The elimination of sugary beverages is at the heart of the proposed state standards. Those drinks have been identified as a prime culprit in the surge of obesity.
Studies have linked even moderate consumption of soft drinks to substantially elevated risk of heart disease and diabetes, with Harvard researchers showing that a 20-ounce soft drink, a pretty standard volume today, contains the equivalent of 17 teaspoons of sugar.
But not only high-test soda is being targeted. Regulators also want to bar diet drinks.
“The nutrition folks who were looking at this felt the focus in the school setting should be on encouraging students to consume things with specific health benefits,’’ said Dr. Lauren Smith, medical director of the Department of Public Health. That translates into water, low-fat milk, and real juice.
One sign of the changing ethos around school nutrition was a move last year by the leading representative of soft drink manufacturers and distributors, the American Beverage Association. Responding to growing pressure, the industry alliance issued its own guidelines, urging members to offer only milk, water, and juice at elementary schools, expanding the offerings at high school to include low-calorie sports drinks and diet soda.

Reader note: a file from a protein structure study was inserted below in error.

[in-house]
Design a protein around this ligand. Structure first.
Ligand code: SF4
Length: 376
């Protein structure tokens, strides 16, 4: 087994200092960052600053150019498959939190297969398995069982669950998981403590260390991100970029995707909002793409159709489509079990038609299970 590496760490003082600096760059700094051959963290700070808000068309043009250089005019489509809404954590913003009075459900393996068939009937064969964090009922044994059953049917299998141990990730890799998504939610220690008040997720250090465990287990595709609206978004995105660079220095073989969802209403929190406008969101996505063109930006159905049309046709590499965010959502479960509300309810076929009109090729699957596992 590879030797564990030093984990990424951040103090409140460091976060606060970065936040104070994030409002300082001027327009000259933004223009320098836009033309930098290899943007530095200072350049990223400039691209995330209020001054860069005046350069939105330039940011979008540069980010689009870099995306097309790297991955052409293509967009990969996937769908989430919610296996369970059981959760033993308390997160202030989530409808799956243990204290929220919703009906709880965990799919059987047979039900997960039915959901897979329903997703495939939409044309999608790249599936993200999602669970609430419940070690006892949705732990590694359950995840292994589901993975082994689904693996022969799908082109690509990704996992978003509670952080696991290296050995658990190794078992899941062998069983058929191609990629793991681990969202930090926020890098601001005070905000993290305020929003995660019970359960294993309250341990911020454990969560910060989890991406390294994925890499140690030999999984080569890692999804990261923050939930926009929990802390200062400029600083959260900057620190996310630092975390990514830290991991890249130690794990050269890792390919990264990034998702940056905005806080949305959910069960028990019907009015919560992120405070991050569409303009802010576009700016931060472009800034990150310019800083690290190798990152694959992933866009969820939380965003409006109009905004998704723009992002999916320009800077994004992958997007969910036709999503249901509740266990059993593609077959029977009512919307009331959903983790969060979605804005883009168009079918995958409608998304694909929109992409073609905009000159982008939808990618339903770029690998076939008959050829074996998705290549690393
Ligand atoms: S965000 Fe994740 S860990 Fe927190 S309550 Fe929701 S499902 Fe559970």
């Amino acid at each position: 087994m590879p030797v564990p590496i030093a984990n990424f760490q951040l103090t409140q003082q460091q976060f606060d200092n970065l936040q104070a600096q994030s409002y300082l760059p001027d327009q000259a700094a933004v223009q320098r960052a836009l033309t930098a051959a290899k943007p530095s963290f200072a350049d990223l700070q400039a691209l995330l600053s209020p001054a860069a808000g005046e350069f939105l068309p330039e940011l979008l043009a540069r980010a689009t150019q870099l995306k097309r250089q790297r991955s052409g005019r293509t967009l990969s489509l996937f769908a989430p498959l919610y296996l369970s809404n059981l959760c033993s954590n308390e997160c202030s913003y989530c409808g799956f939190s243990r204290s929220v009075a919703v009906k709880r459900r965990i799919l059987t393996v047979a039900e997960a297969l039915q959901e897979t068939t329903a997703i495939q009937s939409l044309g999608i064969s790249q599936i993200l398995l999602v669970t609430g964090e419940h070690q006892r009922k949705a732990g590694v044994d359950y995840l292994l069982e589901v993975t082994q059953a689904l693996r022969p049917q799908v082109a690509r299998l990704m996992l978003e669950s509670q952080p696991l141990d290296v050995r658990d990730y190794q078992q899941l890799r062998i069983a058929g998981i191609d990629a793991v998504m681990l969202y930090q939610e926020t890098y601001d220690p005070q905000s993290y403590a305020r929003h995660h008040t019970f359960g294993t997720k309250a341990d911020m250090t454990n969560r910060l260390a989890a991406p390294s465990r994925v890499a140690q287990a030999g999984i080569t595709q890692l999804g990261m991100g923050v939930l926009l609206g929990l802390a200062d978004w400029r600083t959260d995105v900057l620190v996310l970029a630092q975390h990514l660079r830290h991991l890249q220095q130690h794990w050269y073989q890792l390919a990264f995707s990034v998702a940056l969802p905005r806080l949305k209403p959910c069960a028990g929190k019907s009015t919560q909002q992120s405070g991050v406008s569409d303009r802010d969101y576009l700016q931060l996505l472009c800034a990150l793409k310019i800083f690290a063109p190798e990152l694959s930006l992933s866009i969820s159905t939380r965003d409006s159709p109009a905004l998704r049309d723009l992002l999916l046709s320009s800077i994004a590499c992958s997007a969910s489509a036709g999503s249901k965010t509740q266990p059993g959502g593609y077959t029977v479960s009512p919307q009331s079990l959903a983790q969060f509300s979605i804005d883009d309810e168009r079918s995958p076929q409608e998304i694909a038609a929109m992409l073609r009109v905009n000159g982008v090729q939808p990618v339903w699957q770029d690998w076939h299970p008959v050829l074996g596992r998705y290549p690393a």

“It’s the responsible thing that supports the nutrition education that goes on in schools,’’ association spokesman Chris Gindlesperger said.
The proposed Massachusetts standards aim to mold the menus of children even when they are not at school. Nutrition specialists and school food executives said they hope that if they are introduced to fruits and vegetables that are unfamiliar to their palates, children will go home and ask their parents for those products.
“If, all of a sudden, the Oreos are gone at school and it’s now a regular yogurt that’s frozen that seems like a treat, then they say, ‘Hey, this isn’t bad,’ ’’ said Jennifer Sacheck, a nutrition specialist at the Friedman School at Tufts University.
“The simple exposure to healthier options will translate into the possibility of choosing healthier options out of school.’’
Stephen Smith can be reached at firstname.lastname@example.org